Mindfulness – buzzword of the 21st Century. Maybe you’re an avid Mindfulness practitioner yourself? But if someone asked you the difference between Mindfulness & Meditation, would you know?
Don’t worry! Most people wouldn’t and this is why many people aren’t getting the most from their practice. Here you can find a short understandable explanation of the two and how they work…..
Meditation is all about letting go, just being and entering a deep restful state. When your mind & body has the peace it needs, it automatically know how to heal itself. This wonderful state of healing happens, when you access a state of consciousness different from waking, sleeping, or dreaming.
The benefits of entering this state:
We enable the right and left hemispheres of the brain to communicate, strengthening the corpus callosum which bridges the two. This allows us to come up with creative solutions even in “high-stress” situations.
Mindfulness however, is a completely different practice. In fact, mindfulness could be seen as the complete opposite of meditation. Mindfulness is about complete non judgemental awareness of sensation and experience – being in the moment ‘as it is’ with complete vision. The brilliance of the two is they fit perfectly together, which sums up the very essence of Eastern Healing – treating the mind and body as a complete unit rather than 2 separate things.
Mindfulness & its place in Meditation Practice.
Focusing the mind before meditation is vital. Especially in the West, where most of us struggle with targets & deadlines at work, and family/personal issues at home. We can’t just wipe these worries away & so we need to refocus the mind before even thinking about meditation. This is where Mindfulness practice comes in. Paying attention to the pace, sound, sensation etc of the breath and being aware of this & any thoughts that enter our mind in a completely non-judgemental way.
Once we feel at ease, we then begin to enter a different state where we ‘just are’ it’s a state of complete rest for the mind and body which is meditation. Some call this Mindfulness Meditation.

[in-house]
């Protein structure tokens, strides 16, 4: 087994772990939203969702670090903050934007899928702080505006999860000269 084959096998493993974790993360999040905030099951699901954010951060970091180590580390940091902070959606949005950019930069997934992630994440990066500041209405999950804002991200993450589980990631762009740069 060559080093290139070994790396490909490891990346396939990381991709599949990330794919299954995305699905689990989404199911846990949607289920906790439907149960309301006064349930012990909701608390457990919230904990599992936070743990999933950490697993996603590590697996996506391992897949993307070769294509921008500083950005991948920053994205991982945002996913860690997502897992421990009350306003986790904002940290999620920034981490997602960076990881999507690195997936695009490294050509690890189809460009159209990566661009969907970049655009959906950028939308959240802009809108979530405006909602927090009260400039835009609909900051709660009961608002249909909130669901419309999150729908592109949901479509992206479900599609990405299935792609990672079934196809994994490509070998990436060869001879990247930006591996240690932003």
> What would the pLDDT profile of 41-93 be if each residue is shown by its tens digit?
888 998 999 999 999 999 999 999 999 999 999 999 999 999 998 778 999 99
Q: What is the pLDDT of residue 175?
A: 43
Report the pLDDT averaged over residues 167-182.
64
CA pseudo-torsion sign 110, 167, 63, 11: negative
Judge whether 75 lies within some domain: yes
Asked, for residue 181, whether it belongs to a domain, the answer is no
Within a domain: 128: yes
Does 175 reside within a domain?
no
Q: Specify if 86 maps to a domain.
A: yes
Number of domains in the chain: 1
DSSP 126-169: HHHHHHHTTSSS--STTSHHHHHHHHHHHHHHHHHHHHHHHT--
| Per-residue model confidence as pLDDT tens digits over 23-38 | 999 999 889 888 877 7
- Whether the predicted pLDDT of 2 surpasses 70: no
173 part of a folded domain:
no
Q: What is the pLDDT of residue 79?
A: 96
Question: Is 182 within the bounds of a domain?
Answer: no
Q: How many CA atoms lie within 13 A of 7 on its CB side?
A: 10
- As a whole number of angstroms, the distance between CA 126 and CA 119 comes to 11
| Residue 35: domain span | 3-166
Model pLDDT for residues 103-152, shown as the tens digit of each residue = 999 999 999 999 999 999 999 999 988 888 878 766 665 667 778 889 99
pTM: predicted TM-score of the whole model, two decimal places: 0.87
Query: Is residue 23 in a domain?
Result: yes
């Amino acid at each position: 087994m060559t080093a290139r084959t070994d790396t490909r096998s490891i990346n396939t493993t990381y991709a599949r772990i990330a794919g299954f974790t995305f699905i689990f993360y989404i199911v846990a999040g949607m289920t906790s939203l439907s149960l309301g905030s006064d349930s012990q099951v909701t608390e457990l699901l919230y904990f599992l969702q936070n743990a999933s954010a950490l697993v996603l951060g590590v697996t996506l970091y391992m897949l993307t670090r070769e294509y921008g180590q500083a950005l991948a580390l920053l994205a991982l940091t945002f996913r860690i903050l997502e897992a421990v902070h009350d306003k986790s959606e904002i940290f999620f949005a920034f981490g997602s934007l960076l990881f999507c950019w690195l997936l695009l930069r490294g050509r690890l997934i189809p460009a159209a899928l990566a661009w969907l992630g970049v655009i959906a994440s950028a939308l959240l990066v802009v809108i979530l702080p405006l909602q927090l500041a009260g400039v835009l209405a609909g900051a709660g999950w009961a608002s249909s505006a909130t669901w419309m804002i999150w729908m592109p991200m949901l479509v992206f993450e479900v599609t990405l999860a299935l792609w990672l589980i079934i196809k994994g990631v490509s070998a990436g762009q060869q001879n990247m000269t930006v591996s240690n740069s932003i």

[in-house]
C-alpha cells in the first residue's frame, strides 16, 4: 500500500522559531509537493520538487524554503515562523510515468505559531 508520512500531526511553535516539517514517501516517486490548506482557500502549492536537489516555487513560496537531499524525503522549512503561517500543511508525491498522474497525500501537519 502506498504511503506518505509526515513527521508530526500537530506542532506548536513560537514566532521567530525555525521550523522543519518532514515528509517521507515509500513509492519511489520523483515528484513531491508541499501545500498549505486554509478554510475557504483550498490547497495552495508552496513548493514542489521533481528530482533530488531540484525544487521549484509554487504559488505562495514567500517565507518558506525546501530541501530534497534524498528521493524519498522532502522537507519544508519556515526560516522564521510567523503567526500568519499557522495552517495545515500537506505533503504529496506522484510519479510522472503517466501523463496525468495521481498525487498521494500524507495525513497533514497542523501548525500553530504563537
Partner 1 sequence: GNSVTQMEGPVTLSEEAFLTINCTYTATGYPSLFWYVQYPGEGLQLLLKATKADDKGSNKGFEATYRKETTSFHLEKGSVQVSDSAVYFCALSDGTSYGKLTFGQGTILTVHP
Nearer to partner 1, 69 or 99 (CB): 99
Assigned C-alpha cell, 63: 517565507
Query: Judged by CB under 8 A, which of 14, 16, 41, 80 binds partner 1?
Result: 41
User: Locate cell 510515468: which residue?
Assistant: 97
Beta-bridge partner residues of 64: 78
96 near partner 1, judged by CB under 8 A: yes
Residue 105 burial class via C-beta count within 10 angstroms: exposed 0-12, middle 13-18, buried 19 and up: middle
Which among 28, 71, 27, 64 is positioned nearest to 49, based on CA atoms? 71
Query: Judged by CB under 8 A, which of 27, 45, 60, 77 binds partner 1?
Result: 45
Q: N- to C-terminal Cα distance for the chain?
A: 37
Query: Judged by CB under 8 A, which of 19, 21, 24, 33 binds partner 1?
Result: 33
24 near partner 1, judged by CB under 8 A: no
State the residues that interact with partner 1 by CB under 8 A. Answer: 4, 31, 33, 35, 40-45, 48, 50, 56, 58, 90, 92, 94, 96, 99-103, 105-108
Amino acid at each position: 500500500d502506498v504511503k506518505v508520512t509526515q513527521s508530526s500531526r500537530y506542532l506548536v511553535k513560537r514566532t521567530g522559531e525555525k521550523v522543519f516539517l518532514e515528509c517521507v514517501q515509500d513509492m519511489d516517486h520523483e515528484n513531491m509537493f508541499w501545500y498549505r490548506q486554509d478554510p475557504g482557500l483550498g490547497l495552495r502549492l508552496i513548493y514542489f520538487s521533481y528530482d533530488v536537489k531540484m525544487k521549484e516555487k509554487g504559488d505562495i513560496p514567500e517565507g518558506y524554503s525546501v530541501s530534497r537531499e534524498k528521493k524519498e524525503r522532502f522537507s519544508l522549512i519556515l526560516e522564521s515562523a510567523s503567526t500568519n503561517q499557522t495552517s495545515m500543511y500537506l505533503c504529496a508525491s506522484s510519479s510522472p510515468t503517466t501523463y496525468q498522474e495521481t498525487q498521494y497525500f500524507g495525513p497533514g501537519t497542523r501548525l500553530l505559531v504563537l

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Many with an interest in Buddhism, hope to meet with HH The Dalai Lama or HH The Karmapa even if only for a few minutes. But what’s to be learned by those fortunate enough?
In 2010 I had the opportunity to do that very thing. Something many people only dream of – meeting his Holiness the 17th Karmapa on a one-to-one basis. It came out of the blue, totally unplanned from a young girl I’d been helping with English language. It turned out, her husband is the bodyguard of his Holiness the Dalai Lama, and in return for my kindness she wanted to arrange a one to one appointment with his Holiness the Karmapa. It would have been The Dalai Lama if he hadn’t been out of the country. Of course I accepted the offer, not wishing to appear ungrateful. But in situations such as this, I would have preferred to have something to say, questions to ask and something constructive to base my appointment on. The time came quickly, in fact it was the following day, so even if I’d wanted to think something up I didn’t have time. Arriving early afternoon in Norbulingka the home of his Holiness, I was shown into a small basic room with only a short wait, before being shown into something far
The western world – a hub for mindfulness, meditation and all things mind related. But what is the mind? And where is it located? Let’s debate!
In today’s fast moving societies where targets and deadlines dominate & our economic situation is constantly changing. It’s no surprise people are trying to find ways of quieting the mind, to manage stress and deal with every day life. It’s true we talk about it every day, but even if the most skilled surgeon on the planet cut open our head and body he/or she would not find anything that resembles mind. So where & what exactly is the mind?
Do you spend most of your time on autopilot? Welcome to the club. It’s something we all do at some time in life.
Making plans, thinking about the future, trying to complete our To-Do lists. We’re so busy rushing towards the future and some wonderful event more exciting than the present moment, we forget to really live. Many great experiences in the here and now are missed in the chaos of life the present moment is an obstacle between now, and the best bits of life. We don’t even realise, we could already be there.
How often have you walked or driven somewhere, and not remembered the journey? Or eaten your favourite meal without tasting a single bite or savouring any of its delicious flavours. Mindfulness or being present is the fastest way to live life more fully with happiness and wisdom. It simply involves moment to moment awareness of what is happening now, both inside and outside. Internally we become more aware of our body and our mind, while externally we begin to broaden our awareness so we notice what’s really happening in the external environment.
One way to experience present moment awareness, is to just to STOP for no more than a minute and be totally aware of what is happening right now.
Why do we find it so difficult to see the positives in life – yet we have no problem finding the negatives?
This was a question asked by one of my regular Saturday morning Mindfulness group members. The theme for the session was ‘bringing back the Joy in our lives’ and it became clear, somewhere along life’s journey our joy gets replaced with depression & anxiety.
So why do we find it so easy to think negatively about ourselves & the world – but so hard to find the positives?
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